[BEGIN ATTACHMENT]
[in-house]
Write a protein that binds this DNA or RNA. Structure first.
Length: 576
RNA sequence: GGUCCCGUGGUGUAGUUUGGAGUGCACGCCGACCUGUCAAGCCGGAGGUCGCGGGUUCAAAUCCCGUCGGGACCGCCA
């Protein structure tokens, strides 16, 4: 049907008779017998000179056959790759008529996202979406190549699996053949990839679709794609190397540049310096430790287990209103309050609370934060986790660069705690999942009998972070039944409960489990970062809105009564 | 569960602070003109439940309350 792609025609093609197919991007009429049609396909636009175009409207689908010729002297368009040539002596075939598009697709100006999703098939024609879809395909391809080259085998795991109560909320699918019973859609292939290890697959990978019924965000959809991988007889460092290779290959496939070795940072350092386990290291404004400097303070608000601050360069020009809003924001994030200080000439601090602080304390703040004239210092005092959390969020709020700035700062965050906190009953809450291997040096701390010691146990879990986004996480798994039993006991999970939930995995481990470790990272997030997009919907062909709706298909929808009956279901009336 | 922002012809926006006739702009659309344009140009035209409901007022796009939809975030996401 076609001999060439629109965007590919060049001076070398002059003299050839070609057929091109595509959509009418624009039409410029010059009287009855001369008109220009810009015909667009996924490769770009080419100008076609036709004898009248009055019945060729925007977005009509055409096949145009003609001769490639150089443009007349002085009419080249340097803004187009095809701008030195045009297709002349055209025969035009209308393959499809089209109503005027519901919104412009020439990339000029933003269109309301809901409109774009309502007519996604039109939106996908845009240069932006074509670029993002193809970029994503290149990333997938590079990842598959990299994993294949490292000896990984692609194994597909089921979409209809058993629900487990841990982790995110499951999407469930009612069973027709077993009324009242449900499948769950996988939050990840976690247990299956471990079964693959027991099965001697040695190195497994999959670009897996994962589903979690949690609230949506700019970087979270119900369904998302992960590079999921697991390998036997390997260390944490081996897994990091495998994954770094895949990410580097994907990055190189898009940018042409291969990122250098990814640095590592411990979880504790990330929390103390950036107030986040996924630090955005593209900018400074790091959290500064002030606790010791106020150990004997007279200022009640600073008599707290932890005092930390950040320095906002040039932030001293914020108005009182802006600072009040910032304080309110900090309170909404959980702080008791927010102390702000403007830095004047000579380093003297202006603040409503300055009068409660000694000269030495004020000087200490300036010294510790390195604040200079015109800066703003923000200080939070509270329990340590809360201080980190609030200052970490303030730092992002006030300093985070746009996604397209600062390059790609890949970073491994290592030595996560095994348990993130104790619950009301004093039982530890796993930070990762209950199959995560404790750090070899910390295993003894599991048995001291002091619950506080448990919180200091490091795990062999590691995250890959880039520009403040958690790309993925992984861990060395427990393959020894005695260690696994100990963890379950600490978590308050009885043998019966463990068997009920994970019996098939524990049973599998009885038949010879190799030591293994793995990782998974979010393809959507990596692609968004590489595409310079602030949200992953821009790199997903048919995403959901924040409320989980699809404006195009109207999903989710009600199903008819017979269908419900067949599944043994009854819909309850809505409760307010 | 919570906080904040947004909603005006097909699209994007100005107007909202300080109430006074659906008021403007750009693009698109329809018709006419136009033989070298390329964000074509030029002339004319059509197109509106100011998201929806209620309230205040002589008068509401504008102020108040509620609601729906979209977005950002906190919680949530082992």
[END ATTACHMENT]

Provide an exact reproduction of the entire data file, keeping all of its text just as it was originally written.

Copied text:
[in-house]
Write a protein that binds this DNA or RNA. Structure first.
Length: 576
RNA sequence: GGUCCCGUGGUGUAGUUUGGAGUGCACGCCGACCUGUCAAGCCGGAGGUCGCGGGUUCAAAUCCCGUCGGGACCGCCA
């Protein structure tokens, strides 16, 4: 049907008779017998000179056959790759008529996202979406190549699996053949990839679709794609190397540049310096430790287990209103309050609370934060986790660069705690999942009998972070039944409960489990970062809105009564 | 569960602070003109439940309350 792609025609093609197919991007009429049609396909636009175009409207689908010729002297368009040539002596075939598009697709100006999703098939024609879809395909391809080259085998795991109560909320699918019973859609292939290890697959990978019924965000959809991988007889460092290779290959496939070795940072350092386990290291404004400097303070608000601050360069020009809003924001994030200080000439601090602080304390703040004239210092005092959390969020709020700035700062965050906190009953809450291997040096701390010691146990879990986004996480798994039993006991999970939930995995481990470790990272997030997009919907062909709706298909929808009956279901009336 | 922002012809926006006739702009659309344009140009035209409901007022796009939809975030996401 076609001999060439629109965007590919060049001076070398002059003299050839070609057929091109595509959509009418624009039409410029010059009287009855001369008109220009810009015909667009996924490769770009080419100008076609036709004898009248009055019945060729925007977005009509055409096949145009003609001769490639150089443009007349002085009419080249340097803004187009095809701008030195045009297709002349055209025969035009209308393959499809089209109503005027519901919104412009020439990339000029933003269109309301809901409109774009309502007519996604039109939106996908845009240069932006074509670029993002193809970029994503290149990333997938590079990842598959990299994993294949490292000896990984692609194994597909089921979409209809058993629900487990841990982790995110499951999407469930009612069973027709077993009324009242449900499948769950996988939050990840976690247990299956471990079964693959027991099965001697040695190195497994999959670009897996994962589903979690949690609230949506700019970087979270119900369904998302992960590079999921697991390998036997390997260390944490081996897994990091495998994954770094895949990410580097994907990055190189898009940018042409291969990122250098990814640095590592411990979880504790990330929390103390950036107030986040996924630090955005593209900018400074790091959290500064002030606790010791106020150990004997007279200022009640600073008599707290932890005092930390950040320095906002040039932030001293914020108005009182802006600072009040910032304080309110900090309170909404959980702080008791927010102390702000403007830095004047000579380093003297202006603040409503300055009068409660000694000269030495004020000087200490300036010294510790390195604040200079015109800066703003923000200080939070509270329990340590809360201080980190609030200052970490303030730092992002006030300093985070746009996604397209600062390059790609890949970073491994290592030595996560095994348990993130104790619950009301004093039982530890796993930070990762209950199959995560404790750090070899910390295993003894599991048995001291002091619950506080448990919180200091490091795990062999590691995250890959880039520009403040958690790309993925992984861990060395427990393959020894005695260690696994100990963890379950600490978590308050009885043998019966463990068997009920994970019996098939524990049973599998009885038949010879190799030591293994793995990782998974979010393809959507990596692609968004590489595409310079602030949200992953821009790199997903048919995403959901924040409320989980699809404006195009109207999903989710009600199903008819017979269908419900067949599944043994009854819909309850809505409760307010 | 919570906080904040947004909603005006097909699209994007100005107007909202300080109430006074659906008021403007750009693009698109329809018709006419136009033989070298390329964000074509030029002339004319059509197109509106100011998201929806209620309230205040002589008068509401504008102020108040509620609601729906979209977005950002906190919680949530082992």